“Where did we come from? Where are we going? And where the heck are we, anyway?” – These are the “Final Questions” the new artistic director Bernhard Günther poses in his first edition of WIEN MODERN. The festival invites a broad audience to enjoy 88 concerts and 55 debut performances and premiers of contemporary music and it’s Viennese predecessors over the course of 31 days in 21 different locations.
According to Bernhard Günther: “With it’s mix of grand orchestra and chamber music concerts, manifold experiments, 2oth century classics, broad selection of premiers, golden concert halls and cellar stages, Wien Modern enjoys a very special position among festivals for contemporary music” . He describes the audience as being “larger, with more music aficionados than other places. At the same time a 29 year old music festival has to be up-to-date and open to cater to the inquisitive as well as new generations of listeners.. But tradition and revolution have been integral parts of Viennese music history for over a century. The perfect chance to take a very eclectic and integrated look back as well as ahead.”
WHERE DID WE COME FROM? AND JUST WHERE THE HECK ARE WE ANYWAY? – THE VIENNA FACTOR
Wien Modern is very Viennese, the program this year a musical representation of the city. There will be concerts in St. Stephen’s Cathedral and the Central Cemetery and music made by countless Viennese citizens and residents, from Mahler and Schönberg to Jorge E. López, Pierluigi Billone, Eva Reiter and many others. But it is also more. The festival combines classic concerts and orchestras with other musicians and locations across the entire city, bringing together a wide variety of protagonists. It is not just one of the largest festivals of its kind, but also a network and source of inspiration for the contemporary cultural image of the city.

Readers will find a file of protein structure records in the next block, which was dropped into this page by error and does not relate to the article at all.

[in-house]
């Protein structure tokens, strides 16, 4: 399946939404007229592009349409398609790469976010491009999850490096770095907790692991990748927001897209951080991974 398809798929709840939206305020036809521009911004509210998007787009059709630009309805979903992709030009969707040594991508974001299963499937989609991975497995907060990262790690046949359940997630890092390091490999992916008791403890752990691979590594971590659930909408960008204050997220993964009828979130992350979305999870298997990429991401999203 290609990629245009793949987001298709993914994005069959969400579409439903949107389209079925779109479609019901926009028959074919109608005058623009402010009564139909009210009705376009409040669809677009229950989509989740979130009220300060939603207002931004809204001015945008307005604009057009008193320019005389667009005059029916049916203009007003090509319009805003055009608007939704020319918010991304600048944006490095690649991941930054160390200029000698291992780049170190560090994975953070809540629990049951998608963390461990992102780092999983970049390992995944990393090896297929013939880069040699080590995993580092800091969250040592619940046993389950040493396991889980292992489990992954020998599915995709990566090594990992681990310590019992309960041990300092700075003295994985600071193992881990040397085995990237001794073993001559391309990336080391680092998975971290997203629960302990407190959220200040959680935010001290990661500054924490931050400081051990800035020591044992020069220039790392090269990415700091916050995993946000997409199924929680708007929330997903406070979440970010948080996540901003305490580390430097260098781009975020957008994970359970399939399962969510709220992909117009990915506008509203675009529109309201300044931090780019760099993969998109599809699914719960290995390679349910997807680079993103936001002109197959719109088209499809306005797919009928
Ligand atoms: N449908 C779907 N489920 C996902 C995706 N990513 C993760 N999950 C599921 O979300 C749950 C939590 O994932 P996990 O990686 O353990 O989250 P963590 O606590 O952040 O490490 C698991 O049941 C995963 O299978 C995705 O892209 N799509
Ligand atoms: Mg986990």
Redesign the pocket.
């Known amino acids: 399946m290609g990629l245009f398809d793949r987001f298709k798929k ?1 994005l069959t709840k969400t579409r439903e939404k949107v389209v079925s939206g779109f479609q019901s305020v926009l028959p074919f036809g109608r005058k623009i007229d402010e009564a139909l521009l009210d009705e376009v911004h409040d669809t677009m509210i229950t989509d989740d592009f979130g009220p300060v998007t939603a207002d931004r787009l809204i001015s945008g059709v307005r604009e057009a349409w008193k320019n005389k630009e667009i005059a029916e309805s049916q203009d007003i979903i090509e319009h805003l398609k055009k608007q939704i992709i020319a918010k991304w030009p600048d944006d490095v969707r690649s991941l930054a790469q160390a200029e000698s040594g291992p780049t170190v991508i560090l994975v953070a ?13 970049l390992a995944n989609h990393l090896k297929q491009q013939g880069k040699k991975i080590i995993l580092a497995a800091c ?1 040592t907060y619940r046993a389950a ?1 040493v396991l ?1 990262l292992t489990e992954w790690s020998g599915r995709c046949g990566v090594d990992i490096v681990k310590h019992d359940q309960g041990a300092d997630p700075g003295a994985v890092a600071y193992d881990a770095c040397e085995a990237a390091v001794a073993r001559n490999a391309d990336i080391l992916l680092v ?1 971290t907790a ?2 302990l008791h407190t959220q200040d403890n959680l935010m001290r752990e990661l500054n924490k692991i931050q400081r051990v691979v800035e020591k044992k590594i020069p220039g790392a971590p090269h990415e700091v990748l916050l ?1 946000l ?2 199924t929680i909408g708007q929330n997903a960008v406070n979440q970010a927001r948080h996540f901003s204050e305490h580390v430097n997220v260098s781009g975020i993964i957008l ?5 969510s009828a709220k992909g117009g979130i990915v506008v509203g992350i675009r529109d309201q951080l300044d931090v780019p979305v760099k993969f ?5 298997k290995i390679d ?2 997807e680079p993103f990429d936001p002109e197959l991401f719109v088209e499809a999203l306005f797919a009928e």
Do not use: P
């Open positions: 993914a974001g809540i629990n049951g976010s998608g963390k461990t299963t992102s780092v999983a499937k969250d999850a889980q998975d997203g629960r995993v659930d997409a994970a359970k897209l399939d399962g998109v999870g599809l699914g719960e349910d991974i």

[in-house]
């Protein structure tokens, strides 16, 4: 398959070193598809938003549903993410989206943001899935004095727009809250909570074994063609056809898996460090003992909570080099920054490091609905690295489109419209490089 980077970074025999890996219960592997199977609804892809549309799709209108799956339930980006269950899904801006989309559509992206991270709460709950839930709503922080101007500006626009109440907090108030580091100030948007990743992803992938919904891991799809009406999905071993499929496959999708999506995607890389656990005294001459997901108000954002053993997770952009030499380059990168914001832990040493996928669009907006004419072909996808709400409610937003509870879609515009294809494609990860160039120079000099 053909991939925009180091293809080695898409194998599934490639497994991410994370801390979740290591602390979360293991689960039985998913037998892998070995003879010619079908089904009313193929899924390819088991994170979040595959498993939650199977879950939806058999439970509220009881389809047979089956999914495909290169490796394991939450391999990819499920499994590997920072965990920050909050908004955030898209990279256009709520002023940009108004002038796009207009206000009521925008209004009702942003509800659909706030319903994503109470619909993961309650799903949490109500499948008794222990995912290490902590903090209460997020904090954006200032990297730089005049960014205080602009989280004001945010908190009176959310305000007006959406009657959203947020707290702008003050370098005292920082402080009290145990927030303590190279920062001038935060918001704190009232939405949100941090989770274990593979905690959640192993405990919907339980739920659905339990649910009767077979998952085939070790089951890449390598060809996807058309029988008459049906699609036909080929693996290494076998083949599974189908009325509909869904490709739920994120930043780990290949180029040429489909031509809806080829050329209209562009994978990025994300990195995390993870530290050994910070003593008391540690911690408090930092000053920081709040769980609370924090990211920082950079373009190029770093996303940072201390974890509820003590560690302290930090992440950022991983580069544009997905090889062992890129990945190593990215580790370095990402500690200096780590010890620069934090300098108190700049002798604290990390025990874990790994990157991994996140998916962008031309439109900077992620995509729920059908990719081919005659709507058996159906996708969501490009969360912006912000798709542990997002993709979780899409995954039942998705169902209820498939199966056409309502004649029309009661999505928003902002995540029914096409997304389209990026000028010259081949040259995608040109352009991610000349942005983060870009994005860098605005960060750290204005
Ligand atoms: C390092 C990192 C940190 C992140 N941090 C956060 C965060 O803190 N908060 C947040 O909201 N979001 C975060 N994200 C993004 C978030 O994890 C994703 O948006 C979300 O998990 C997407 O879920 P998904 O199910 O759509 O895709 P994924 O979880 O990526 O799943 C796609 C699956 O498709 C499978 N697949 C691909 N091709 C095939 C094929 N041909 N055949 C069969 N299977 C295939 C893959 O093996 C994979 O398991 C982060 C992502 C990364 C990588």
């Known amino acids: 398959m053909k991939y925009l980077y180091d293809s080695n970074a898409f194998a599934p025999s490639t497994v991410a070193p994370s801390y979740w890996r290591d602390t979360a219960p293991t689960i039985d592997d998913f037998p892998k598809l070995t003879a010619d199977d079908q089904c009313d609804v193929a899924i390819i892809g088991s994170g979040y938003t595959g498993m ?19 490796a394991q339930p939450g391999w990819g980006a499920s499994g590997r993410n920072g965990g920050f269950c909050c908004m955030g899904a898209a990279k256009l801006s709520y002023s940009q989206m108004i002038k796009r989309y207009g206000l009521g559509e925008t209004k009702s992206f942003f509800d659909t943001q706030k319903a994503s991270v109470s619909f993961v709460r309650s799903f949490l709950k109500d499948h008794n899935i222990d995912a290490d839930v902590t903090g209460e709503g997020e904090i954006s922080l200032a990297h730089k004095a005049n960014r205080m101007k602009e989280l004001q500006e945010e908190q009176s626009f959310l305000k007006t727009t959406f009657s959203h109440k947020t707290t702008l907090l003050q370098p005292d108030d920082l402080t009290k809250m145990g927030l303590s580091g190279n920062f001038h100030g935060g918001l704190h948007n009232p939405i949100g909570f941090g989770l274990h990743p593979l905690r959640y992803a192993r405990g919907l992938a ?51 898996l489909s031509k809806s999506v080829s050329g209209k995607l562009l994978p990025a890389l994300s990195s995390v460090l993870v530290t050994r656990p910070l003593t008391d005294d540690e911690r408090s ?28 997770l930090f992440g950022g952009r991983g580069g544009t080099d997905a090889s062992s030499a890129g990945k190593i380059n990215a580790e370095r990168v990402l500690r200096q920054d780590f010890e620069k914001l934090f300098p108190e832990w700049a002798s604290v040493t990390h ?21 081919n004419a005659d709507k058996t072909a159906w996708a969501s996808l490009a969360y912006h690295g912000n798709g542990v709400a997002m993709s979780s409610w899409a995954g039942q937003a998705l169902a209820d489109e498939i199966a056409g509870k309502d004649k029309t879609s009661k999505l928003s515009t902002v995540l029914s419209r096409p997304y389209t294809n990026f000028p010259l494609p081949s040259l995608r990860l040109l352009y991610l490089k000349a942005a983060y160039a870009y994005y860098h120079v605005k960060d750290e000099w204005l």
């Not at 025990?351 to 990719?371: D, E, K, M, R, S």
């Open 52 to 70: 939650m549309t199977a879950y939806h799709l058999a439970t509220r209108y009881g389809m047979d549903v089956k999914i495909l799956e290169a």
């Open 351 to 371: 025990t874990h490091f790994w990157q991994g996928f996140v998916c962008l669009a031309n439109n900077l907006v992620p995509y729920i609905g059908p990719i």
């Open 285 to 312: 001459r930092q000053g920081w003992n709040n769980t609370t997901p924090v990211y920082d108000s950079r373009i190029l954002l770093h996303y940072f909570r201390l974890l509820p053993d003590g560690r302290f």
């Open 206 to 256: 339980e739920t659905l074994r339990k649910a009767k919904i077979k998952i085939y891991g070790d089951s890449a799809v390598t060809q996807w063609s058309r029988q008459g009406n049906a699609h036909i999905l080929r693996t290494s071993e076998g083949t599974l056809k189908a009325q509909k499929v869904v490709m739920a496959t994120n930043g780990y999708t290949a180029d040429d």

THE FINAL QUESTIONS
Bernhard Günther sees this years festival theme “The Final Questions” as one of the classic themes in music. “Dealing with the meaning of life, loss, death and darkness in music has, in the face of daily news about war, conflict and catastrophes, something almost comforting. Life isn’t always fun. This simple wisdom was already part of the basic knowledge for serious music with Mozart and Schubert. Nestroy knew “In any case, the world is ending” and Karl Kraus – or was it Gustav Mahler? – supossedly said “When the world ends, then I will go to Vienna, everything happens ten years later there”. It is no coincidence that many of the Viennese forebears of contemporary music were concerned with final questions. And it most certainly not a coincidence that countless contemporaries from Vienna to Sydney use music to deal with the identity crisis, shock and mourning of the present.
RICH IN CONTRAST AND BRIDGING GENERATIONS
Whether serious or ironic, melancholic or angry, dark cellars or golden concert halls, puristic or eclectic, experimental of simply beautiful, for a young audience, regulars or curious, performances of Mahler, Schönberg, Ravel and Satie or 55 premiers – the program is rich with contrast and spans multiple generations. That contrast ranges from grand orchestra concerts of the ORF Radio Symphony Orchestra and the Vienna Symphony Orchestra to media art, musical theatre, a sound installation, and various excursions into the improvised and electronic music scenes from Vienna and other places. And for the younger generation they have included two new productions in cooperation with the theatre Dschungel Wien including the net-age premier of a musical version of The Little I-Am-Me with music from Georg Friederich Haas. There is also the IGNM project “Young Music” as well as various school workshops with a focus on string quartets.
Links: Wien Modern